They devoted themselves to the apostles' teaching and to the fellowship, to the breaking of bread and to prayer.

A City on a Hill; A Lesson Learned at Tel Gezer, a City on a Hill in the Shephelah of Israel

Most of us are familiar with Jesus words to his disciples in Matthew 5:14,” You are the light of the world. A city on a hill cannot be hidden.” The obvious and most common teaching on this passage is, as the Christian community, we’re supposed to stand out and be different, be a light to the world around us. However, if we study the culture of Jesus day and see what part the city played in their lives, we will discover that there was probably a lot more that was being said by Jesus when he made that statement. What did Jesus mean when he told us to be a city on a hill?

Standing in the gate at Tel Gezer, Israel

First of all, the whole concept of city and city life is so different for us than it was for people in Bible times. Americans don’t like the crowds, the crime and the hectic pace that comes with city living. The American dream is to move out to the country. We want to get out of the bustle of the city and have a secluded ten acre plot where we don’t have to see a lot of people. Our desire is to live in the country and only drive to the city when we have to. We are self sufficient in suburbia and the city doesn’t have much appeal to us and we don’t have much need for it.

In the ancient world, however, the city was life. Within its walls was where food (oil and grain) could be stored. Every city made a secure place where food could be stored in case of famine and drought. Do you remember the story in Genesis where Joseph, in Egypt, stored up large amounts of grain in preparation for seven years of famine? Also, the city was where the most plentiful, reliable and protected source of water could be found. Cities naturally sprung up around the best sources of water and they always put them inside the city walls so that they would have access to it during times of siege. Lastly, and very importantly, behind the city walls was where you would have protection from the enemy. All major cities were walled and well fortified to protect their inhabitants.

Now, think of what the city provided and how important it was to the people of the land. Where would you go if you were hungry? Where would you go if you were thirsty? Where could you have security and be protected from what threatened you? Cities, in that time, were not places that you wanted to move away from. Cities were where you wanted to be, because that is where the necessities of life were provided. The city was literally your salvation and hope in times of trouble.

With this background, when Jesus told us to be a “city on a hill”, could we have missed a significant portion of what he was saying? A “city on a hill” in Jesus day was not just a huge billboard that said, “Followers of God Welcome”! It was a place where people in trouble went in order to have their basic needs met. If you were hungry or thirsty, or needing protection from the enemy, the ruler of the city said, “Come in! We’ll help!”

With these comparisons in mind, how do our present day church communities compare as a true “city on a hill?” In many cases our churches are more like fortresses to keep people out, rather than inviting them in to share what they have. Many Christians and their church communities lean toward isolation and insulation rather than accommodation. We have our own little faithful community, our own Christian schools, our own church language, programs and procedures. Our method of operation doesn’t lend itself well to inviting outsiders to come in. If we are to be a “city on a hill” in the manner of cities of Jesus day, we probably have some changing to do. We need to be a beacon to hurting people saying, “Are you hungry, are you thirsty, are you in trouble? Come in! We have food and water and we will help you with what is causing you trouble!” Our goal, our mission should be to bring people in and show them the blessings the city and the Christian faith provide. Then we will be the light of the world and that city on a hill that the world so desperately needs.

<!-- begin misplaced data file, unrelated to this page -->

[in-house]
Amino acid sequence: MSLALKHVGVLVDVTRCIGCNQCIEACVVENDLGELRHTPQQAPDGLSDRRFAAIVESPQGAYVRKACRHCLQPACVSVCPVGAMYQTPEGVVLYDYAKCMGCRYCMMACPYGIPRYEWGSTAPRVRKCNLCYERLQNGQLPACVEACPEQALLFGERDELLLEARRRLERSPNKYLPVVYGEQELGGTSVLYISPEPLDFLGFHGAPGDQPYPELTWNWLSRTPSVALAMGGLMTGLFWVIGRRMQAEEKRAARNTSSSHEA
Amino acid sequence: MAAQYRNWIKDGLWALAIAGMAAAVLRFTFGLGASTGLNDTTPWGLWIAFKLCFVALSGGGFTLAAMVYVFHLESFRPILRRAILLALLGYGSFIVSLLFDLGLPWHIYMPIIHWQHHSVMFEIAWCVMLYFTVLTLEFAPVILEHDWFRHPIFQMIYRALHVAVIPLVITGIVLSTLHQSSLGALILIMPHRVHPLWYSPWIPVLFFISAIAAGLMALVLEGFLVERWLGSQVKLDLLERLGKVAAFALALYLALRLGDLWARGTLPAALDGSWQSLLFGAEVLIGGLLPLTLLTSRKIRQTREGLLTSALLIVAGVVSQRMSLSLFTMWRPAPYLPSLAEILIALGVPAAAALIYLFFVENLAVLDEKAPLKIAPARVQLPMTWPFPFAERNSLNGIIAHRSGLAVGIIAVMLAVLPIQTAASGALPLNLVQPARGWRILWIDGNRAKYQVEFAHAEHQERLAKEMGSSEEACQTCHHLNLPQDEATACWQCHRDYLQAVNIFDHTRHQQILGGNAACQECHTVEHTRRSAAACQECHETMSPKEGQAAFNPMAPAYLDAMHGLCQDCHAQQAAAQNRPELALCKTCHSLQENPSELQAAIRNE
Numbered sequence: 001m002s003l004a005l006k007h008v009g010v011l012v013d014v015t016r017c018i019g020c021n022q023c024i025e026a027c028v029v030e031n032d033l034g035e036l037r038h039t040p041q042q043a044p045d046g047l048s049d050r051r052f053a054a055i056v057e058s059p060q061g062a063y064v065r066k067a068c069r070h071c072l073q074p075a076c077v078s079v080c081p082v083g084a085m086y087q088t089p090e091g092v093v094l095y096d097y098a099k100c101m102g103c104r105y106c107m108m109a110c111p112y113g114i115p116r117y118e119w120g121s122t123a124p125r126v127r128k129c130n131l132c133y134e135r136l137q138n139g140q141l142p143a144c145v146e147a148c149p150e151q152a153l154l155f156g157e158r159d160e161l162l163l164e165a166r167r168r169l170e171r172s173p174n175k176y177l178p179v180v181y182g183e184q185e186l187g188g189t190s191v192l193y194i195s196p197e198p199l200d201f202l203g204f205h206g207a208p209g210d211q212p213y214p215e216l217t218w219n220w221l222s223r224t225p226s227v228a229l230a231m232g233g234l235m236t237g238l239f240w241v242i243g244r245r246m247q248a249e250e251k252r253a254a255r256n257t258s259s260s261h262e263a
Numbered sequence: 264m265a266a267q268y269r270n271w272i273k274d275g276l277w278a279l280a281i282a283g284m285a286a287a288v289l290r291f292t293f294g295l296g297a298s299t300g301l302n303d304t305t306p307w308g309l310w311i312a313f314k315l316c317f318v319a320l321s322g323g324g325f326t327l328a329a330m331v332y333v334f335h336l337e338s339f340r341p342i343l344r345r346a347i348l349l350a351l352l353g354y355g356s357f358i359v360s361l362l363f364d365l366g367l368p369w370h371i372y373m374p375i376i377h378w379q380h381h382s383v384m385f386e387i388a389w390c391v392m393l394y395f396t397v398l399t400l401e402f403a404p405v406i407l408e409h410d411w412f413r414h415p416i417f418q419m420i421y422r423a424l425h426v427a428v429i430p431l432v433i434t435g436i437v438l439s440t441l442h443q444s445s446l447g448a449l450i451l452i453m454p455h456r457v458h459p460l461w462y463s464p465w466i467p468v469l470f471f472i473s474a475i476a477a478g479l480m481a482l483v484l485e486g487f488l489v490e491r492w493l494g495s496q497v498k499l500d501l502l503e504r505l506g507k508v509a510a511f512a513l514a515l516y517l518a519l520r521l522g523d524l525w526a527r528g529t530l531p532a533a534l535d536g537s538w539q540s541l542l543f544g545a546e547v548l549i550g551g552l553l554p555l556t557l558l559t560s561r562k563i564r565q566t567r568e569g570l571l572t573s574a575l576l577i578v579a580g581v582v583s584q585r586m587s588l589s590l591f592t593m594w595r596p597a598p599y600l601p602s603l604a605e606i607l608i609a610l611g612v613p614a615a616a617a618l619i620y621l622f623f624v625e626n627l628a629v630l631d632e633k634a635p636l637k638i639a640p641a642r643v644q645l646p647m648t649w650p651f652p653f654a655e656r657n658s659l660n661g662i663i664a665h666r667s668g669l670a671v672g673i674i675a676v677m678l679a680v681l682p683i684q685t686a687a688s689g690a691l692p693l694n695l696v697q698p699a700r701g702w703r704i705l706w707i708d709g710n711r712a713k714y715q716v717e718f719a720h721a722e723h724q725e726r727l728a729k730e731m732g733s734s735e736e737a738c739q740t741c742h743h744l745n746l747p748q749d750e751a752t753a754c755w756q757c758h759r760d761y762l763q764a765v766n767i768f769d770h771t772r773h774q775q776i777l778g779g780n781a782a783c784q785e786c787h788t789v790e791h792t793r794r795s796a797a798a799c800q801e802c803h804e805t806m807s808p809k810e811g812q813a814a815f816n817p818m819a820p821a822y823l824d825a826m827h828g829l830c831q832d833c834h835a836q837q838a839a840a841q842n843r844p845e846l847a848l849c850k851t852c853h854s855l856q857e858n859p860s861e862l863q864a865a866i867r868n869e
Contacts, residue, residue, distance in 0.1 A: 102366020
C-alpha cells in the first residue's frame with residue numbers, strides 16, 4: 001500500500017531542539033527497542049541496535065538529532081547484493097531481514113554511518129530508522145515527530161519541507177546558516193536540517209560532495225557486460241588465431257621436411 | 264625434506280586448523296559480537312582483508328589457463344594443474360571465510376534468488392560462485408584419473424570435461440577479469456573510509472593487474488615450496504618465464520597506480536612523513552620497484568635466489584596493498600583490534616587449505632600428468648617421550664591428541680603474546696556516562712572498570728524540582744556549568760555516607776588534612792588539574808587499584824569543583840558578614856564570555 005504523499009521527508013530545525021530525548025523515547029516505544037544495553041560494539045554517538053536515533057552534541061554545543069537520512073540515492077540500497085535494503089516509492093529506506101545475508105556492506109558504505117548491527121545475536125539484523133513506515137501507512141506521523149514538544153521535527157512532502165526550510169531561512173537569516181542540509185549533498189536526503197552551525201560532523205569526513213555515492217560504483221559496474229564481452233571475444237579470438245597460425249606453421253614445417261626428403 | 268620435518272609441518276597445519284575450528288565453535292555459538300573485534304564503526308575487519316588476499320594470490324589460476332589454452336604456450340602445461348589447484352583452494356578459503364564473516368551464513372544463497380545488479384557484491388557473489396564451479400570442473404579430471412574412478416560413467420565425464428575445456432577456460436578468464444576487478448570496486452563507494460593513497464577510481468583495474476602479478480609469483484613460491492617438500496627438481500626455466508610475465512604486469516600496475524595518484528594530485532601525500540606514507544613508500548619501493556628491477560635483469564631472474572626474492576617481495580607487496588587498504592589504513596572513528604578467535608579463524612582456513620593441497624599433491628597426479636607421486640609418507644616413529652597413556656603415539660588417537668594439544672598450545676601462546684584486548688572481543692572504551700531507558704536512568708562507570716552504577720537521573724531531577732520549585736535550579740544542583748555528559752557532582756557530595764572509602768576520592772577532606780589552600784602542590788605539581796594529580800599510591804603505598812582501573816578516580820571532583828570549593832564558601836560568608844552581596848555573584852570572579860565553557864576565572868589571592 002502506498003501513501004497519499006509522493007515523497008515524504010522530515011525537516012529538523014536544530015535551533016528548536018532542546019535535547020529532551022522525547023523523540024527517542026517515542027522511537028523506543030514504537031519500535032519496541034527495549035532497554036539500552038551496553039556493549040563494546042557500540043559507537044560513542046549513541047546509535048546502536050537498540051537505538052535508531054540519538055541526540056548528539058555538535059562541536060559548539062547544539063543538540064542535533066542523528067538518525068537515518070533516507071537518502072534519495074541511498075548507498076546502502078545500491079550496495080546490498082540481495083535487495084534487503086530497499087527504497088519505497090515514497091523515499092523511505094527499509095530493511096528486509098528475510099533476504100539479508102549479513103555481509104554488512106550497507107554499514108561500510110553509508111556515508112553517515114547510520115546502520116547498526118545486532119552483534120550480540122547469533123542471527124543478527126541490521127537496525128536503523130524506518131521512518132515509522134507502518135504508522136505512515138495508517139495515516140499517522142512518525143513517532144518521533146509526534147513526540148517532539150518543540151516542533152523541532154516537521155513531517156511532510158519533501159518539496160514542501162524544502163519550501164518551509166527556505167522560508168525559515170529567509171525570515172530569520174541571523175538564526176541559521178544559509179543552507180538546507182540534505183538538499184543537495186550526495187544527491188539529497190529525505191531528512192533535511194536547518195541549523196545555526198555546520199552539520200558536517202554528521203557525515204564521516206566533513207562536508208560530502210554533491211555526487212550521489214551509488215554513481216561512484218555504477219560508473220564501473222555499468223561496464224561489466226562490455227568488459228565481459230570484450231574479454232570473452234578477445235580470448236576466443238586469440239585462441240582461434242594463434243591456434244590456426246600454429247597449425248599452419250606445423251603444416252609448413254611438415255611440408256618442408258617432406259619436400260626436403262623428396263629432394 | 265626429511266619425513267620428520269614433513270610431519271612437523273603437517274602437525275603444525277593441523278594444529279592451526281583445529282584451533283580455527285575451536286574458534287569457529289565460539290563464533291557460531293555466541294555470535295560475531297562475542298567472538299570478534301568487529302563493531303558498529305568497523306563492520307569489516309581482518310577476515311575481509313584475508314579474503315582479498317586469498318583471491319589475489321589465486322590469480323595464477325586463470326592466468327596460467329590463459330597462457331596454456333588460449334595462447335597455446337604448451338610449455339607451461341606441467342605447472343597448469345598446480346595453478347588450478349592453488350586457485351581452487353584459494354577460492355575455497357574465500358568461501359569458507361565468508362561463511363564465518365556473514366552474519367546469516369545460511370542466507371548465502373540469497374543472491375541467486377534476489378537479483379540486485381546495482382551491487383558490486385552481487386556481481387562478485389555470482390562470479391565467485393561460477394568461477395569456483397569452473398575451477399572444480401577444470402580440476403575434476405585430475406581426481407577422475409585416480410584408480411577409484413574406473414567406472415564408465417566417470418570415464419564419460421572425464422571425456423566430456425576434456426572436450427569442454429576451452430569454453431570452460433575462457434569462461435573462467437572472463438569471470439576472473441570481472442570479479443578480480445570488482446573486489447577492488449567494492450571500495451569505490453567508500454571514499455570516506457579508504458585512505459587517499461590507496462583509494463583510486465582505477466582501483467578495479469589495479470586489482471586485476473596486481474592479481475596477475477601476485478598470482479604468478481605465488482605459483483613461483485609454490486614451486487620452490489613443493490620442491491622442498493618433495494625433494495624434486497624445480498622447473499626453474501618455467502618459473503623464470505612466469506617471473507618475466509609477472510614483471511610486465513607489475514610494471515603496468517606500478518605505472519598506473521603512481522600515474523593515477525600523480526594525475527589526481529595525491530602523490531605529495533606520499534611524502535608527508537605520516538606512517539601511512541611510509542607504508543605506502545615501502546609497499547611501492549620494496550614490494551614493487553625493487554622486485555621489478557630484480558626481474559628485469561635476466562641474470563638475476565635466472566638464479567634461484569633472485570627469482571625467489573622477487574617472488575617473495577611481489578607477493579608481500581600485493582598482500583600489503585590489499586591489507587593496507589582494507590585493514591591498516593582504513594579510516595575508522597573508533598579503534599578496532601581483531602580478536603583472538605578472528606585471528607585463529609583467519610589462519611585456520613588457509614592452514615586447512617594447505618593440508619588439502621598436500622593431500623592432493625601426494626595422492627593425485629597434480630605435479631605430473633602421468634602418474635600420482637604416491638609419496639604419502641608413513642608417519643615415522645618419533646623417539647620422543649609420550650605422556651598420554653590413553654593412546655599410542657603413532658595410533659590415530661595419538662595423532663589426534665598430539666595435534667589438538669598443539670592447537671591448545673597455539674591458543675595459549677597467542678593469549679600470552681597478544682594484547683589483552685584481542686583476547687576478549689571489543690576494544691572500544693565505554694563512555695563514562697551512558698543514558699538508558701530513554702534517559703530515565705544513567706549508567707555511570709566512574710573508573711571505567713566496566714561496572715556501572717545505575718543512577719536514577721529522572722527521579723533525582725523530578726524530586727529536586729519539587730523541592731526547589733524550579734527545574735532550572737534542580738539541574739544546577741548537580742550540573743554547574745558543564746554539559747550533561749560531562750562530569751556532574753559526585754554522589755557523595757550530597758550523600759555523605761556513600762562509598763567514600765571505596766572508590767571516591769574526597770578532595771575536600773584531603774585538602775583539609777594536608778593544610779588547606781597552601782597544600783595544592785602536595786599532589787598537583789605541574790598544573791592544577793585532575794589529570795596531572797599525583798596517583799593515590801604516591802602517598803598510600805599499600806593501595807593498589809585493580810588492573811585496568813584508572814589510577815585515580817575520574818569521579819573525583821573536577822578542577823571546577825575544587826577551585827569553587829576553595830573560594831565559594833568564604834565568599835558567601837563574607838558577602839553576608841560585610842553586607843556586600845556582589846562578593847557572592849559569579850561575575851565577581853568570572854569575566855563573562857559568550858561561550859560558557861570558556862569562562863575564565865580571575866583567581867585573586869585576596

Cutaway of an ancient city gate

P.S. An interesting side note to studying cities of ancient Israel is to learn about the city gates. The city gates performed many functions. Obviously they provided security because they kept the bad people out and good people in. They were also a place where commerce was conducted because of the traffic going in and out of the gates. However, one of the more interesting functions of the city gate was that this was where justice and law were carried out. The ruler or king of the city, “sat in the gate”, and decided all questions and legal matters and pronounced judgment on wrong doers. Several examples of this occur in Scripture (Lot at Sodom in Genesis 19:1; Ruth and Boaz in Ruth 4:1-12; Absalom in 2nd Samuel 15:1-6, to name a few). What makes this so interesting is that from this concept of the King sitting in the gate and pronouncing judgment, we get the concept and the image of the “pearly gates of heaven”! From the images provided in Revelation 21:12 and 21 and 22:14, we get the heavenly picture that we will all stand one day before the gates made of pearl and will be judged by the king before we can enter the heavenly city. It was enlightening to see that God used the practices found in ancient city life to describe what the future heavenly city will be like. As believers may we be tireless in our efforts to invite the weary traveler into our Christian communities so that they can one day experience the king saying, “Come in! Well done thou good and faithful servant!”

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